The Nelson, Georgia City Council passed a law in April of this year that requires every head of household to own a gun and ammunition. The ordinance provides exceptions that include felons, the disabled, and conscientious objectors to gun ownership due to religious beliefs. After the ordinance was enacted, the city’s police chief stated that the requirement was intended to be a warning to potential burglars.

In reality, guns in the home pose a far greater risk to those who live in the home than to would-be criminals. Living in a home where guns are kept increases the risk that someone in the home will become a victim of a homicide by as much as 170% and of suicide by up to 460%.1 And, the risk of dying from an unintentional shooting is 3.7 times higher for adults living in homes with guns.2  The Brady Center to Prevent Gun Violence has filed a lawsuit challenging the constitutionality of the ordinance.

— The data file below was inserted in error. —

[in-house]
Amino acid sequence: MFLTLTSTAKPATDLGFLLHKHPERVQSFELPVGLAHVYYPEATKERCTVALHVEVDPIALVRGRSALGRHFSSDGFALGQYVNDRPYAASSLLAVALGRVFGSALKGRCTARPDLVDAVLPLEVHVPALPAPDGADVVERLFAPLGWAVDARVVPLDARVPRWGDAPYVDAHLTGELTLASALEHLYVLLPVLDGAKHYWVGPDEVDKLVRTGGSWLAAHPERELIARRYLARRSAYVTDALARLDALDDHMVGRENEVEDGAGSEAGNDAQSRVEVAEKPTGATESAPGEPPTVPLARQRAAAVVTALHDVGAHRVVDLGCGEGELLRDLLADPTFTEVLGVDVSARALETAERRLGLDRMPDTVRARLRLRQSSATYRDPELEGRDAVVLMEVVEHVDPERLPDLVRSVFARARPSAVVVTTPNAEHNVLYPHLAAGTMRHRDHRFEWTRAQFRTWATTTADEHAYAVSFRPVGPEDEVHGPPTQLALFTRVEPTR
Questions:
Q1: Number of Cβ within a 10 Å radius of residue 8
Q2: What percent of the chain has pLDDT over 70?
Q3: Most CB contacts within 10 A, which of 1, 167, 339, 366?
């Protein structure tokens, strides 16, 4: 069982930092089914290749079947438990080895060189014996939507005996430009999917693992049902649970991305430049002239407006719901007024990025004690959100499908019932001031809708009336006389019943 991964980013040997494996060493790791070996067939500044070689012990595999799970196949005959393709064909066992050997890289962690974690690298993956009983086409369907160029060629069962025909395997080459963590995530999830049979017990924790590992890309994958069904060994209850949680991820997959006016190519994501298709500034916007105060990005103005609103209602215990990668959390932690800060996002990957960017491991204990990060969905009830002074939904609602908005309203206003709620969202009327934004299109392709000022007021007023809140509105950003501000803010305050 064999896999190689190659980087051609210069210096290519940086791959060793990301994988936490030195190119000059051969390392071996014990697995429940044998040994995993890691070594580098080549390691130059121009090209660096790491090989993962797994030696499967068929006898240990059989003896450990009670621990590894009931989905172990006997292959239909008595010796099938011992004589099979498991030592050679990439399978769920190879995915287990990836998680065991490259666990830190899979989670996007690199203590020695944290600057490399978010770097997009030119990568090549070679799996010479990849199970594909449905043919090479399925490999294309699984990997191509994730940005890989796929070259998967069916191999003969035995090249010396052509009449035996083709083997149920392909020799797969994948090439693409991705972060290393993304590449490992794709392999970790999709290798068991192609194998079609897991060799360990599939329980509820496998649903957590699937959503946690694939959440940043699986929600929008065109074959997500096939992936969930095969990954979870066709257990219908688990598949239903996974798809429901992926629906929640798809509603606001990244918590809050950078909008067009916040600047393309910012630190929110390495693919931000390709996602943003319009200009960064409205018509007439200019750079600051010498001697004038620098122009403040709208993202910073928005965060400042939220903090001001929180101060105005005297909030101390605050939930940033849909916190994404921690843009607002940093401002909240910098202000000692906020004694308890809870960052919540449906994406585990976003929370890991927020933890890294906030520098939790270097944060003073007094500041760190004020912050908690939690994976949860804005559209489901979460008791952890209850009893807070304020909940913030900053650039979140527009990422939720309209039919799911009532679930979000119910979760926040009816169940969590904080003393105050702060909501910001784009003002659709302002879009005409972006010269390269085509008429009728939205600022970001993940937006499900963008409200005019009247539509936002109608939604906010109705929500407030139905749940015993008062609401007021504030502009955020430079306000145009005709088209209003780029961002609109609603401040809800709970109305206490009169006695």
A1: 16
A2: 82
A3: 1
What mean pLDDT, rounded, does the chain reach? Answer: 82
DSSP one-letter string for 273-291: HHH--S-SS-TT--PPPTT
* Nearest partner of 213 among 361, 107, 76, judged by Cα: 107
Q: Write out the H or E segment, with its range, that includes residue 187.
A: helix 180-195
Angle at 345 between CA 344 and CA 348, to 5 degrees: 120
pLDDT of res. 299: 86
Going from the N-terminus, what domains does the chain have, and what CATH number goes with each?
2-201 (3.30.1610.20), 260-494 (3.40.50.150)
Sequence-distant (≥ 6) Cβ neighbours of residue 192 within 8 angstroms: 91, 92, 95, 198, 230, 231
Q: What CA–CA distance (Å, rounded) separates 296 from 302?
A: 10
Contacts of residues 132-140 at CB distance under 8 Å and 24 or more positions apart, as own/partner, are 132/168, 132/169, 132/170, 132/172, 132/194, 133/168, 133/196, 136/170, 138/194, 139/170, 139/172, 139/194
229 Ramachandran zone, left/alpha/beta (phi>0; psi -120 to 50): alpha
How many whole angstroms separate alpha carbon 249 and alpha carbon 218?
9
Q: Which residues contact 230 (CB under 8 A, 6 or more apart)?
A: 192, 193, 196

Another Georgia community, the town of Kennesaw, enacted a similar ordinance in 1982. Towns in Maine and Utah attempted, but failed, to enact similar measures this year.

Want to know more about extreme gun policies in America? Check out our Extremism in Action page.

  1. Garen J. Wintemute, Guns, Fear, the Constitution, and the Public’s Health, 358 New England J. Med. 1421-1424 (April 3, 2008), at http://content.nejm.org/cgi/content/full/NEJMp0800859. ⤴︎
  2. Douglas J. Wiebe, Firearms in U.S. Homes as a Risk Factor for Unintentional Gunshot Fatality, 35 Accident Analysis & Prevention 711, 713-14 (2003) (finding the relative risk of dying from an unintentional gunshot injury to be 3.7 times higher for adults living in homes with guns). ⤴︎